Former GaydarRadio news editor says politicians must ‘up their game’ on gay issues
Known as the voice of the evening news on GaydarRadio since February 2010, Scott Roberts has developed a reputation for high-quality LGBT radio journalism to an audience of over two million people around the world. He told PinkNews.co.uk it was “one of the best jobs in radio” – and he left last week with only one big regret.
“I came close, but in the end, there was no cigar, or even a five minute cigarette,” he says after missing out on an interview with the Prime Minister.
“I think Downing Street is still haunted by what happened with Martin Popplewell,” he adds, referring to the video of David Cameron’s faltering interview with GT before the 2010 general election, an interview sources said he was not aware was going to be filmed.
For Scott, it is part of a larger concern about how mainstream politicians across the board engage in a “patchy” way with the LGBT media.
Scott believes politicians of all persuasions could “up their game” when discussing LGBT issues: “One of the fantastic benefits of the job has been to indulge my shamefully nerdy passion for politics. Earlier in the year, I interviewed the main candidates of the London Mayoral 2012 election. Without going into a long rant about their records and what they each “promised” during those encounters, the biggest single impression that came across from all of them was their patchy and sometimes lazy approach to gay equality.
“There was a rather surreal moment during Stonewall’s Mayoral Hustings in April when a candidate whose party, arguably, had one of the strongest LGBT manifestos decided to ask the audience for their suggestions on tackling health inequality.
“If that same person had taken the same approach on transport or policing ‘mainstream’ media would have had a field day. To paraphrase one of the most iconic lines uttered by Heath Ledger’s the Joker in Batman ‘The Dark Knight’, I really believe the LGBT community “deserves a better class” of politics.”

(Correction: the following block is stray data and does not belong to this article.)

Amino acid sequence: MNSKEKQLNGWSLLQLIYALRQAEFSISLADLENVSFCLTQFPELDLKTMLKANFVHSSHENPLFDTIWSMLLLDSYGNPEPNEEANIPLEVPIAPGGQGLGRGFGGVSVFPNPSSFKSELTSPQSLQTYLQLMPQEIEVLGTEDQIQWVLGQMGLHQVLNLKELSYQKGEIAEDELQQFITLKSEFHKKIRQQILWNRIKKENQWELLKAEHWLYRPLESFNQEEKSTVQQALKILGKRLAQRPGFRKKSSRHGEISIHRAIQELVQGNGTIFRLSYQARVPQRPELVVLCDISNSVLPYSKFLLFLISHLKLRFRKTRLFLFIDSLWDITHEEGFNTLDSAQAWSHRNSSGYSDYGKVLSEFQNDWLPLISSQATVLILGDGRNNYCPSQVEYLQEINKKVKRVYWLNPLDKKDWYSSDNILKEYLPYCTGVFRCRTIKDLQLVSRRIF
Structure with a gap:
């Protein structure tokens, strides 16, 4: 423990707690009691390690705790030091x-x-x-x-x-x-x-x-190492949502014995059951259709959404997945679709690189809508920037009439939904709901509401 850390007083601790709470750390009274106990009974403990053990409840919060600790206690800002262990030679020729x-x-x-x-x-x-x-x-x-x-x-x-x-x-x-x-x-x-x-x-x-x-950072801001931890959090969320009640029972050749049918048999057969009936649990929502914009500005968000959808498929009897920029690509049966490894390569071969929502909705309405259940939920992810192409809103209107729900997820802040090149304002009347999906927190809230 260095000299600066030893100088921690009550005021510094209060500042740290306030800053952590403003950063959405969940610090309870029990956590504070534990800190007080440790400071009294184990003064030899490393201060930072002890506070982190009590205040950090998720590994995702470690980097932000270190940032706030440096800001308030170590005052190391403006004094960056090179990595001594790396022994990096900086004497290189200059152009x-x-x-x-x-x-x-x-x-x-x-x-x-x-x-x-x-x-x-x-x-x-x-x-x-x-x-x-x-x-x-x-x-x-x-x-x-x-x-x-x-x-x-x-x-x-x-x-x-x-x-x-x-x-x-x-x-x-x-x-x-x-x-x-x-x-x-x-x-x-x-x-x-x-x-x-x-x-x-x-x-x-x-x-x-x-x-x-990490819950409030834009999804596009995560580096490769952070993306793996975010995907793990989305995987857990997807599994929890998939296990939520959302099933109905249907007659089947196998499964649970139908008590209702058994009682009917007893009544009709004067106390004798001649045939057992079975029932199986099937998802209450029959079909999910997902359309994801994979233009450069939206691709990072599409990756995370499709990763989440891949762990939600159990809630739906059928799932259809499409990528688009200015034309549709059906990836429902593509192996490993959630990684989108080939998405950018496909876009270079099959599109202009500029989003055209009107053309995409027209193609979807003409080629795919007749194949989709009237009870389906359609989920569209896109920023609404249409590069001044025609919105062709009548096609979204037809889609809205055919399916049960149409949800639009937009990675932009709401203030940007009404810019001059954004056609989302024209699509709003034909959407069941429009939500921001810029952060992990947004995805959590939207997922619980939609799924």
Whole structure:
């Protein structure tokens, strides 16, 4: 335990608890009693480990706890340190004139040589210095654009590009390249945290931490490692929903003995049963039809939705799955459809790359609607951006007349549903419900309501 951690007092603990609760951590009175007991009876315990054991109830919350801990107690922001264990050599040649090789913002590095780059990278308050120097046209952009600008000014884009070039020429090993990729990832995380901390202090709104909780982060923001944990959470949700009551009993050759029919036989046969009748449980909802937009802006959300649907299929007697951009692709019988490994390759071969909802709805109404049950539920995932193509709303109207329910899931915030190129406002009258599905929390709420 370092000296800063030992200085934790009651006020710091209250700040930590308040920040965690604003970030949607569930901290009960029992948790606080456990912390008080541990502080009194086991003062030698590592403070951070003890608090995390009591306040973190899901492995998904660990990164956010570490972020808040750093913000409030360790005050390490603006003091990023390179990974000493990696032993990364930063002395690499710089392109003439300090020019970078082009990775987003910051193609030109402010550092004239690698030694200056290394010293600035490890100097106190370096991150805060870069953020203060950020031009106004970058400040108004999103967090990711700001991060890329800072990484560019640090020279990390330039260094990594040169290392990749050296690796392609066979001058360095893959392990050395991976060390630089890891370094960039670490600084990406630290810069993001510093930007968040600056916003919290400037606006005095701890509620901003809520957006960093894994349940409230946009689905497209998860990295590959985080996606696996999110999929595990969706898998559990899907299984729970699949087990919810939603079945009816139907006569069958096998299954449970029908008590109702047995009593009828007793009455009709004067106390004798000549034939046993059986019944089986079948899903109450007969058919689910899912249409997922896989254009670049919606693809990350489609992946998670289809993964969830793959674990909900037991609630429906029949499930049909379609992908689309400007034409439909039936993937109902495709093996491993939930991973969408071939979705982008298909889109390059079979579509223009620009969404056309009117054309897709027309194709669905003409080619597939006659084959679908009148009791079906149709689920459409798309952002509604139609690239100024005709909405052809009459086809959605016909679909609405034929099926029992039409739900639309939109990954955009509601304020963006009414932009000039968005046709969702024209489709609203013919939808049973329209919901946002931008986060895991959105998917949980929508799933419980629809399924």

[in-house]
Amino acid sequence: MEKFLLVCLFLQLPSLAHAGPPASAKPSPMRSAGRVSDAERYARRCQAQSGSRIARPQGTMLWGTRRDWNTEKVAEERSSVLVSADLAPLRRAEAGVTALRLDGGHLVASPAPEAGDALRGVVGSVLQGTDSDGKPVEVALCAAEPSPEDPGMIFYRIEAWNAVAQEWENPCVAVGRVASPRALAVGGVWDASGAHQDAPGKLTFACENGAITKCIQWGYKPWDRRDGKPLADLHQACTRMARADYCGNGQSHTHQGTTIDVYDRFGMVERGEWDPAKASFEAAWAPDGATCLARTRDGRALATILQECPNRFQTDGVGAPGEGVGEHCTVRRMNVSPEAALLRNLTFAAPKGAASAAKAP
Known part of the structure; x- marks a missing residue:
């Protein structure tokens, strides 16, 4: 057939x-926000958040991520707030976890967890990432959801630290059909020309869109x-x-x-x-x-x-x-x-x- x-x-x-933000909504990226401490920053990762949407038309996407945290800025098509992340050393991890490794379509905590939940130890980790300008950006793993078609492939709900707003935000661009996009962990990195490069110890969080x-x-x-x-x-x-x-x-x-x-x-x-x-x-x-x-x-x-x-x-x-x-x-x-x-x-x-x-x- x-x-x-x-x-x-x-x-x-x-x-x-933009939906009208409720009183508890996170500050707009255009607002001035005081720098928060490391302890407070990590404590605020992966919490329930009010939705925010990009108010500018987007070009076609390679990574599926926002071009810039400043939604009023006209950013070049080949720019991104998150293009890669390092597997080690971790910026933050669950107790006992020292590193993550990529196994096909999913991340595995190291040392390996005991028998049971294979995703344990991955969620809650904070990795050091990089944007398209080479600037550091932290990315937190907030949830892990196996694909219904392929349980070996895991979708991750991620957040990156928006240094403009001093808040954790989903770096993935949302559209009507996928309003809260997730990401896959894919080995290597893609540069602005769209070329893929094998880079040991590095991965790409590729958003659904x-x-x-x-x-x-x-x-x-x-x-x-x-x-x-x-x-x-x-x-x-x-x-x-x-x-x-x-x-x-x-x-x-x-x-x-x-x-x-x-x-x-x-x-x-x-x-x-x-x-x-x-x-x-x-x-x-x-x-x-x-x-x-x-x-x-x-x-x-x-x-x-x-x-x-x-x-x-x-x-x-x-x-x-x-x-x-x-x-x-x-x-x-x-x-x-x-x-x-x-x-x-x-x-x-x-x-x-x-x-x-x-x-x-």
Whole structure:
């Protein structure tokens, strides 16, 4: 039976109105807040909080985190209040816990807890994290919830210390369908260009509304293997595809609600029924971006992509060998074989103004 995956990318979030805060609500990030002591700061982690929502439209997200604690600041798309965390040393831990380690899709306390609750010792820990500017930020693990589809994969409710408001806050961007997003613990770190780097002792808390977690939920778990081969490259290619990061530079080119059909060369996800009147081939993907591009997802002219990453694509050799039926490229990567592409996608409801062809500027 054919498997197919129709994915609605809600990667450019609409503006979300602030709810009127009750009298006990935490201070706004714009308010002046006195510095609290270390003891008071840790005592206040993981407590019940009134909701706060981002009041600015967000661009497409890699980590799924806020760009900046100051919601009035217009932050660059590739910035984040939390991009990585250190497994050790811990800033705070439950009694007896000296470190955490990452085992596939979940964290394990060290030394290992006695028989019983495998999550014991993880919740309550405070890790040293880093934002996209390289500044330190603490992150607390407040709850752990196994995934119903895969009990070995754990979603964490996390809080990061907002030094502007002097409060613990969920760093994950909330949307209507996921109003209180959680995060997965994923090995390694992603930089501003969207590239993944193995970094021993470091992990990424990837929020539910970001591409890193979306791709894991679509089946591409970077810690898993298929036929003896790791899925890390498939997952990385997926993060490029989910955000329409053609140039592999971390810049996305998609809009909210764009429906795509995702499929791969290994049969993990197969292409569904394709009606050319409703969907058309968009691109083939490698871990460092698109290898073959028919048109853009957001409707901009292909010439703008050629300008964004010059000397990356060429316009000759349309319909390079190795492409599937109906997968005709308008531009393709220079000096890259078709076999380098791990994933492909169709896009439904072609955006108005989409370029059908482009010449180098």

Scott says, in the end, a “foggy” approach to LGBT political engagement results in a “ground-hog” style reporting of news: “HIV infection rates are a prime example. Every year, the Health Protection Agency reports a rise followed by politicians trotting out the same generic sound bytes of being “alarmed” and calling for “action”.
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“To be fair, as journalists, we are always happy to use these clichés because it makes for nice copy, but it ultimately does not add much to the debate or push forward the narrative.
“The Terrence Higgins Trust and the other sexual health charities face a herculean task of trying to improve and maintain society’s knowledge of good sexual health – yet the deficit of understanding, particularly in regard to what’s happening within the LGBT community, can be found at Westminster and throughout the media.”
Scott believes political engagement on LGBT issues has the potential to change dramatically in the next few years and says the Out4Marriage campaign demonstrates how lobbying via social media can be a very effective tool: “Getting such a diverse range of supporters from Richard Branson to Nick Clegg and scores of MPs has paid dividends in producing increased political momentum for same-sex marriage. If Out4Marriage had been launched two and a half years ago, I think the debate for marriage equality by some of the key community stakeholders may have progressed with a bit more cohesion and dynamism”.
Scott says one way to enhance the discourse at Westminster lies with the political parties’ LGBT advocacy groups: “They all do a sterling job in pushing for equality in both for their own respective parties and for the LGBT community in general, however, it’s important to remember that they are run on a voluntary basis with each chair having to contend with his or her day job.
“In the US it’s different, National Stonewall Democrats and the Log Cabin Republicans both have full-time executives and permanent offices. The volatile and divisive nature of American politics means these elements are essential for any lobbyist organisation to be heard let alone to be taken seriously. I believe all of the main UK parties should consider using a modest amount of their funds to replicate this model by employing at least one full-time LGBT parliamentary caseworker.
“It’s important to have an official that can scrutinise, promote and lobby for LGBT policies, with none of the bureaucratic shackles of being within a sprawling government department. Parliament could also consider forming an all-party parliamentary LGBT group, but it needs to do more than just identify inequalities and meet once in a blue moon (like so many of them).
“The recent debacle with World Pride, Boris Johnson and the Greater London Authority illustrates how brittle (or fickle) political accountability towards for the LGBT community can be at times. In the same way as the struggling eurozone, we need to find ways of building up our fire power, so we can ultimately achieve a better a settlement on equality and reduce the likelihood of being fobbed off by our representatives time after time.“
Scott Roberts is the former news editor of GaydarRadio and a PinkNews.co.uk contributor.